Any cancerous growth that begins with the ovary is called ovarian cancer. Ovarian cancer is the fifth leading cause of death from cancer in women. Some factors, such as family history, age, pregnancy, overweight, and the like, can be considered as factors affecting the condition. It will be treated at a rate of 94% for at least 5 years if it is diagnosed at an early stage. Understanding the risk factors, symptoms, and testing can be effective in early diagnosis of ovarian cancer and its timely treatment. For this reason, in this paper, we intend to briefly review any of these issues.
Symptoms of ovarian cancer
One of the common symptoms of ovarian cancer is pain in the pelvic and stomach area. In most cases, this type of cancer begins with the outer ovarian cover. In some cases, the symptoms of ovarian cancer are similar to those of the prenatal syndrome or irritable bowel syndrome. Continuing problems with the bladder may also be a sign of ovarian cancer. While the cancer may not show any sign at the initial stages.
The symptoms listed may be related to non-cancerous ovarian disorders. The difference between the symptoms of ovarian cancer and other disturbances is their persistence and gradual deterioration over time.
Some of the primary symptoms associated with ovarian cancer include:
Pain in the pelvic region, abdomen, lower back or lower body
Diarrhea or heartburn
Feeling satiety while eating
Frequent urination and urinary excretion
Pain during sexual intercourse
Changes in bowel habits such as constipation and bloating
Following the development of ovarian cancer, the following symptoms may also be observed:
Problem with breathing
Loss of appetite
If a person has problems with bloating, pain and pressure in the abdomen or pelvis for more than a few weeks, you should check with the doctor.
Causes of ovarian cancer
What exactly causes ovarian cancer is a question that so far there is no definitive answer to it, but there are some factors that can be considered as risk factors for the disease. These factors are:
1. Family history
Women who have or have close relatives with ovarian or breast cancer are more likely to develop the disease than other women. Using screening tests, one can determine if a person carries genes that increase the risk of developing ovarian cancer.
In most cases, ovarian cancer occurs after menopause and in women over 63 years of age. The incidence of women under 40 is rare.
3- Pregnancy time
Women who have one or more full pregnancies, especially before age 26, are less likely to have ovarian cancer than others.
4. Lack of breastfeeding
If the baby is fed with breast milk, the risk of developing ovarian cancer in adulthood is reduced.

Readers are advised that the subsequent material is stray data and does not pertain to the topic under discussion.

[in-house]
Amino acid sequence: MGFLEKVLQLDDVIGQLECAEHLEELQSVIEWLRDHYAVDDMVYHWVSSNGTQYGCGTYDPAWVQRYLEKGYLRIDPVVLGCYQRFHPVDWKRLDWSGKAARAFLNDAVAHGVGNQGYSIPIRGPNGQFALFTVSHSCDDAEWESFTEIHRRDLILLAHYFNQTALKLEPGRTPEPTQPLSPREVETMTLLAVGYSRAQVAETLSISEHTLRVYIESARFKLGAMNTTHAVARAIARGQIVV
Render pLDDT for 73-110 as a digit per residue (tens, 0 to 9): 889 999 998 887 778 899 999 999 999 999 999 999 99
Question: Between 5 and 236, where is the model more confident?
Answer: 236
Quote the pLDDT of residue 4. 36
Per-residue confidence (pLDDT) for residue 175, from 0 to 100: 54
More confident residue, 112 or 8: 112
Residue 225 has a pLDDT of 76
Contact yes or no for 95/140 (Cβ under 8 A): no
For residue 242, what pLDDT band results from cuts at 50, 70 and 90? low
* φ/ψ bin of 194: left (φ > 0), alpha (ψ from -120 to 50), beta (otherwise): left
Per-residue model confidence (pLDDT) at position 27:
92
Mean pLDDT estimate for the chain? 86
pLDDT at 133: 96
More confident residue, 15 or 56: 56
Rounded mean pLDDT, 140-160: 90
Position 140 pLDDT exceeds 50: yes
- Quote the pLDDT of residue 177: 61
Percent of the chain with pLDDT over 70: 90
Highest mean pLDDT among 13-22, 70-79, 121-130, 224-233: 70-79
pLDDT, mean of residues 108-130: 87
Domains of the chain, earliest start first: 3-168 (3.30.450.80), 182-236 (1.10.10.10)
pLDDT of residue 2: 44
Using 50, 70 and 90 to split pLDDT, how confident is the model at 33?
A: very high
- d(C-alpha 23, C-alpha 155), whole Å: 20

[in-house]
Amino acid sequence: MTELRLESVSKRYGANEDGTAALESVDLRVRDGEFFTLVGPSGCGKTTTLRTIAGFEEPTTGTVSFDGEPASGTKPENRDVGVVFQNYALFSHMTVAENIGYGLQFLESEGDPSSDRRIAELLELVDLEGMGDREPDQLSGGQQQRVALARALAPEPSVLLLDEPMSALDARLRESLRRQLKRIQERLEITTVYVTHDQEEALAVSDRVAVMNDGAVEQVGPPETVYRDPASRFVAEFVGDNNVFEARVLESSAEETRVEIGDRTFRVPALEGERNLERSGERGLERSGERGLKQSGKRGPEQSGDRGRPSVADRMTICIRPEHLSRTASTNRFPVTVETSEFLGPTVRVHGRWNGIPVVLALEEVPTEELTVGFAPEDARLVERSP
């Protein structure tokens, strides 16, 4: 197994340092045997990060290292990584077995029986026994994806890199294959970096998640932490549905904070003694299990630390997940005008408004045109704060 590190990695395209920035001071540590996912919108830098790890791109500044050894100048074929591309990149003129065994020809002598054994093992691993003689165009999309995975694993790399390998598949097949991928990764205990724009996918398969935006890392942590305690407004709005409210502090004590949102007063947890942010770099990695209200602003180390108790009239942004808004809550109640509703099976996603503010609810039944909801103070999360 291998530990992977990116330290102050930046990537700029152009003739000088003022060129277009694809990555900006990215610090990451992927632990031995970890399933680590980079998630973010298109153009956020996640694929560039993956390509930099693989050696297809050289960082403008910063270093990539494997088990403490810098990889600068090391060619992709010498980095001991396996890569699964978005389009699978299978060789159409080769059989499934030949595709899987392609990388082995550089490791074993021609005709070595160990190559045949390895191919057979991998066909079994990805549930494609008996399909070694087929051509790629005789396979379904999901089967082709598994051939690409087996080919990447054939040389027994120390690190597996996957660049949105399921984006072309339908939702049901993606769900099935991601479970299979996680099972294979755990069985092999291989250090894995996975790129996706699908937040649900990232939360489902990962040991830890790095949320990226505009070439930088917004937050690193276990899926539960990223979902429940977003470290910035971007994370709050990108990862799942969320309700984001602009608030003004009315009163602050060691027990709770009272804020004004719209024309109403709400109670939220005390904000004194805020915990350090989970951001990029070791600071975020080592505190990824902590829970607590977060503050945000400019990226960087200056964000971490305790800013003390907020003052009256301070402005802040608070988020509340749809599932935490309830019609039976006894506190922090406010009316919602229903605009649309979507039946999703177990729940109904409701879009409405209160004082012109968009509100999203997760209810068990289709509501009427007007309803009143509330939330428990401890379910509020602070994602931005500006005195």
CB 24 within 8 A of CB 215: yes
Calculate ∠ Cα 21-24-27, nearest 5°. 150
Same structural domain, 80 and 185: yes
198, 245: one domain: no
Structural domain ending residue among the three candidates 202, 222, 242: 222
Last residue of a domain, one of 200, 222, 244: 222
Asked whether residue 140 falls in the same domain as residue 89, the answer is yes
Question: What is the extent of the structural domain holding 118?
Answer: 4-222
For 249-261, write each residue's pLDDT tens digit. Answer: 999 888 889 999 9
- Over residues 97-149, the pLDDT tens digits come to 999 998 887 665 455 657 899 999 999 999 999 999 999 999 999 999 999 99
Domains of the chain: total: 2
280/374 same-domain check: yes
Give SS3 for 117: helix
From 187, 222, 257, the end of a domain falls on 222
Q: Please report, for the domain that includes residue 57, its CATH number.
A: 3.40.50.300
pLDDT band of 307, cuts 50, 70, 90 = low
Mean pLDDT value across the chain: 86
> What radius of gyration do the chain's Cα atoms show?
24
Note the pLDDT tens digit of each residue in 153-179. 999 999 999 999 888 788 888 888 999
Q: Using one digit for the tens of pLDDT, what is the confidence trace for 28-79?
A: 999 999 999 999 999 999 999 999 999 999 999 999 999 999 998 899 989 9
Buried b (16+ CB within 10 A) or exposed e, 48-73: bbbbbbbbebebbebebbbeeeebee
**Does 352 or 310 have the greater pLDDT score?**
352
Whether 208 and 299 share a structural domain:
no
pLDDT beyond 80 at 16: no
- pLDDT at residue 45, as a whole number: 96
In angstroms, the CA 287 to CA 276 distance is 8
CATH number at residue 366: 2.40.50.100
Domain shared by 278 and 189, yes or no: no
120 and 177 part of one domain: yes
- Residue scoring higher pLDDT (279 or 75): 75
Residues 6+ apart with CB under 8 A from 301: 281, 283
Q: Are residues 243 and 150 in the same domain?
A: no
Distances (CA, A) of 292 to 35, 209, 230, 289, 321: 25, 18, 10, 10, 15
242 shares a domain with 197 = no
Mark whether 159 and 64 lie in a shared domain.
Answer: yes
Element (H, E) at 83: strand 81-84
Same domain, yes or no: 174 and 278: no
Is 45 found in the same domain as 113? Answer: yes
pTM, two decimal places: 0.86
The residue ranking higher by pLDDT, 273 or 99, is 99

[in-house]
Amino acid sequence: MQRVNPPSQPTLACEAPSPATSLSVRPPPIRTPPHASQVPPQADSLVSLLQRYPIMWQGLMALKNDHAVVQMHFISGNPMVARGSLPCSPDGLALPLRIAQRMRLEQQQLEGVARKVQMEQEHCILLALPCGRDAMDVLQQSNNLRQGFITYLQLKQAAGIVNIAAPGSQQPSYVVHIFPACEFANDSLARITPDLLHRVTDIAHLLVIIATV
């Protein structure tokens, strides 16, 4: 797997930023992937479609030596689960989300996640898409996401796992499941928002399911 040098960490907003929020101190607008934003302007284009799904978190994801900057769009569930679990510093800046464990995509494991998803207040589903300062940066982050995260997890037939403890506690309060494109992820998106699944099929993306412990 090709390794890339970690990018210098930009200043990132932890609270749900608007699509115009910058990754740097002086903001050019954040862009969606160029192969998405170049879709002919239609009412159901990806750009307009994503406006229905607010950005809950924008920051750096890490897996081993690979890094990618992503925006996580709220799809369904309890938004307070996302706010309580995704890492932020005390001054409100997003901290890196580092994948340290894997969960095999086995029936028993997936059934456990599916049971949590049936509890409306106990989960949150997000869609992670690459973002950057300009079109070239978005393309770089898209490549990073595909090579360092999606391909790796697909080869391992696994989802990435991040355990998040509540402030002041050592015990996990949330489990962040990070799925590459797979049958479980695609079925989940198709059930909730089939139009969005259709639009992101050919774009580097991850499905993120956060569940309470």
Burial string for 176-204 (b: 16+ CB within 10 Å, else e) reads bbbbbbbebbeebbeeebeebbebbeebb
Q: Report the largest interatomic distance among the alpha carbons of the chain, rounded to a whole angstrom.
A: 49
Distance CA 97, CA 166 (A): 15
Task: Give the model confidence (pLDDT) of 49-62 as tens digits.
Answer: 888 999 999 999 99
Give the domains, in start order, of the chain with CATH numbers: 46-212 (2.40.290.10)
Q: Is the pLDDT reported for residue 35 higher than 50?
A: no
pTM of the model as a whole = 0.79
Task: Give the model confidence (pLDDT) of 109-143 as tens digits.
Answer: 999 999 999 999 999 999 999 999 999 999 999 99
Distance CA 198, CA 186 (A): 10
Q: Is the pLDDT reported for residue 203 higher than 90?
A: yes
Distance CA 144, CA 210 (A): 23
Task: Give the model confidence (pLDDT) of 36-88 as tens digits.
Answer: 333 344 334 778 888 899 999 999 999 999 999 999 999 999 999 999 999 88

5. Non-use of contraceptives
Taking contraceptive pills for at least 3 to 6 months reduces the risk of developing ovarian cancer. Generally, increasing the use of contraceptive pills decreases the risk of this type of cancer.
In addition, the use of some contraceptive hormones for 3 years or more reduces the risk of developing ovarian cancer more than taking oral contraceptives.
6- Infertility treatment
Drugs for the treatment of infertility, especially if used for more than a year without pregnancy, increase the risk of developing ovarian cancer. In addition, infertile women are more at risk because of their inability to breastfeed, which is an effective factor in reducing the risk of the disease.
7. Breast cancer
Women with breast cancer are more likely to have ovarian cancer than others.
8. Hormone therapy
Hormone therapy seems to increase the risk of ovarian cancer. However, after stopping hormone therapy, the risk for this cancer will reach an average.
The incidence of ovarian cancer is more common in women with a BMI of over 30.
Women with endometriosis are about 30% more likely to have ovarian cancer than others.
It is also noteworthy that some surgeries associated with reproductive organs reduce the risk of ovarian cancer. Tumor closure reduces the risk of ovarian cancer by up to two-thirds.
Diagnosis of ovarian cancer
To diagnose this cancer, the doctor first examines the pelvic examination, any palpable abnormalities in the uterus or ovary. The doctor will also be mindful of the family's history of certain diseases. Some tests, such as blood tests, imaging tests, laparoscopy, colonoscopy, abdominal fluid aspiration, and biopsy are prescribed for diagnosis.
Treatment for ovarian cancer
Treatment of ovarian cancer is done according to the type of cancer, its degree of progression, and the general condition of the patient's body in a variety of ways:
Surgery to remove cancer is usually the first option in treating ovarian cancer.
In this operation, the uterus and surrounding tissues are removed.
3. Removing the lymph nodes
In this surgery, lymph nodes are removed in the pelvis and near the aorta.
4. Cytoreductive surgery
This surgery is used when the cancer has spread to the pelvic floor.
The use of cytotoxic drugs prevents the growth and growth of cancer cells.
6. Hormone in